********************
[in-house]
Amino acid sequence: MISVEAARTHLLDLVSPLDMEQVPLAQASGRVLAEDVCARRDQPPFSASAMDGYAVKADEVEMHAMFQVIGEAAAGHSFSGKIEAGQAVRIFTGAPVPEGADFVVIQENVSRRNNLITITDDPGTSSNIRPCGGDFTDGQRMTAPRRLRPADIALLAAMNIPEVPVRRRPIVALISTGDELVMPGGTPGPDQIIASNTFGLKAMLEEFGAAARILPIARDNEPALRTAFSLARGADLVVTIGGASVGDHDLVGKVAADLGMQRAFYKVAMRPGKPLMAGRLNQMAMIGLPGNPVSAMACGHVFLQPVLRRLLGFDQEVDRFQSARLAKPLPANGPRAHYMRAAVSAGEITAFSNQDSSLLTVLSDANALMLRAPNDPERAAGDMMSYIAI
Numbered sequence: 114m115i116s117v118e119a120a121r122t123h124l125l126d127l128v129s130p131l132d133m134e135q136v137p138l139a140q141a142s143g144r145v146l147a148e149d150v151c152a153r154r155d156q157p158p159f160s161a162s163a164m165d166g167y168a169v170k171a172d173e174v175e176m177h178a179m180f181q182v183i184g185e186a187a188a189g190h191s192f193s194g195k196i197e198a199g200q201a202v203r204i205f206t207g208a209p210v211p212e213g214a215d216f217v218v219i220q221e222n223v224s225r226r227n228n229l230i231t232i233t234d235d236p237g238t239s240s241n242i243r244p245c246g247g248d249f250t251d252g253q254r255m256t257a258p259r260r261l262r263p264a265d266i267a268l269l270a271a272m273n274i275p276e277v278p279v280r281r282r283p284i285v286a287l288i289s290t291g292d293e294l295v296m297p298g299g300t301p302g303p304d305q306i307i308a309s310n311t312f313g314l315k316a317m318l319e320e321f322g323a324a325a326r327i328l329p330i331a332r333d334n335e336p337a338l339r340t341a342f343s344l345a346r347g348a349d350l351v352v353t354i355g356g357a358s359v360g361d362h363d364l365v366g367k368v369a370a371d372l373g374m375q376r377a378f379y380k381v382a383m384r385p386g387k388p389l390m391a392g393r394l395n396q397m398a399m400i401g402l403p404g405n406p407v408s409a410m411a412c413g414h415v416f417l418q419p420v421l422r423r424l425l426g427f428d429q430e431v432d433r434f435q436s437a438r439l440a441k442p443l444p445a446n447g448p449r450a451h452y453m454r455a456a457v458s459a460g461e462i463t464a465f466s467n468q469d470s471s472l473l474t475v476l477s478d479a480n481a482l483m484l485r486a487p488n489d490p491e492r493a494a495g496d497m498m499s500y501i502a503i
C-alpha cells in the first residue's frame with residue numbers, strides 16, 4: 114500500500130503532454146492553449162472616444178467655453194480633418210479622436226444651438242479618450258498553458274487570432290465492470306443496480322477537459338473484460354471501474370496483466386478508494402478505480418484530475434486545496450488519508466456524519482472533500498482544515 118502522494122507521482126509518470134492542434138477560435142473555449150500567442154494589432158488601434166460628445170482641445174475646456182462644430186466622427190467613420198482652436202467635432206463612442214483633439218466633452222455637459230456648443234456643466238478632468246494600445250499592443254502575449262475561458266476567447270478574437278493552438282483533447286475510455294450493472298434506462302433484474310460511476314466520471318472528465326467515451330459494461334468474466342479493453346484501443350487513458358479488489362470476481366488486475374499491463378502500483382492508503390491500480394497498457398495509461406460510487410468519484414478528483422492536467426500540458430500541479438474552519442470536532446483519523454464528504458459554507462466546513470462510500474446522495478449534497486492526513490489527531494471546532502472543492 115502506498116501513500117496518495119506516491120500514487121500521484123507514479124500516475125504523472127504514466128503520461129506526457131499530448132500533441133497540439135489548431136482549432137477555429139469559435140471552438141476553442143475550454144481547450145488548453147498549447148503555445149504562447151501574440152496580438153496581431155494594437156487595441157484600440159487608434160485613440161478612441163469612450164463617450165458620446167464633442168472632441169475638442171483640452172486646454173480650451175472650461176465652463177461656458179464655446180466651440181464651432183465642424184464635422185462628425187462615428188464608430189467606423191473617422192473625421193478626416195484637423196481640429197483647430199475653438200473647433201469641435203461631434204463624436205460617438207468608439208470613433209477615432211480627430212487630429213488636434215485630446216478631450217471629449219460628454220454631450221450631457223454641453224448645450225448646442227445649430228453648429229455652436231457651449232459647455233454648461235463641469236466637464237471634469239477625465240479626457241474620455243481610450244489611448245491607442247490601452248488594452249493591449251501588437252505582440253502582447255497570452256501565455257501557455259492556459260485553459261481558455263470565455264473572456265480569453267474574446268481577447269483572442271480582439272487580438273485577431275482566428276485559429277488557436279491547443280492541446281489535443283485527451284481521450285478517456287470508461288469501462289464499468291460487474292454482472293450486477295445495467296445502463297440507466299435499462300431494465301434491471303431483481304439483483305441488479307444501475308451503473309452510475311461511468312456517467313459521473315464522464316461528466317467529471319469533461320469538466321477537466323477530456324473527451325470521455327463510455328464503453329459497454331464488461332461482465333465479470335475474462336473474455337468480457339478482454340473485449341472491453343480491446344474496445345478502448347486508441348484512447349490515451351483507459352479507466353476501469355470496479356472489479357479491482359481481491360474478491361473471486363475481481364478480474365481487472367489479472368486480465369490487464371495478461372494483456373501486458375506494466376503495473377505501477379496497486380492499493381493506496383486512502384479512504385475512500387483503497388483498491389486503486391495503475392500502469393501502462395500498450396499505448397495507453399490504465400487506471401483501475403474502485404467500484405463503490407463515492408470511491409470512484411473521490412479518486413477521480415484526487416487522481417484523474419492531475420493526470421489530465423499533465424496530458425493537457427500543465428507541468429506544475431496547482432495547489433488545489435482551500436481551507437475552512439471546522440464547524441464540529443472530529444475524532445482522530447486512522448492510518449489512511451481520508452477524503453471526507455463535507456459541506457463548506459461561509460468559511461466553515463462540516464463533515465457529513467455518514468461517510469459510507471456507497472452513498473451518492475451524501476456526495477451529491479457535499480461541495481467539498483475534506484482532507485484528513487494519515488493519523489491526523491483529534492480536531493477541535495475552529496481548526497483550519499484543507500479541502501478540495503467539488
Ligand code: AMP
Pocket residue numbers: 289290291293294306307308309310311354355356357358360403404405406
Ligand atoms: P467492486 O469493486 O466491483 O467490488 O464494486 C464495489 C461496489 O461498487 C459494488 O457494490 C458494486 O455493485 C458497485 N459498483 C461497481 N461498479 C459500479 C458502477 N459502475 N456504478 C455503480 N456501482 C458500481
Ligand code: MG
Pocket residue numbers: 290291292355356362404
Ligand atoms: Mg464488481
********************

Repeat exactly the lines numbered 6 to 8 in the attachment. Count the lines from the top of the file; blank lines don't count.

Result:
Pocket residue numbers: 289290291293294306307308309310311354355356357358360403404405406
Ligand atoms: P467492486 O469493486 O466491483 O467490488 O464494486 C464495489 C461496489 O461498487 C459494488 O457494490 C458494486 O455493485 C458497485 N459498483 C461497481 N461498479 C459500479 C458502477 N459502475 N456504478 C455503480 N456501482 C458500481
Ligand code: MG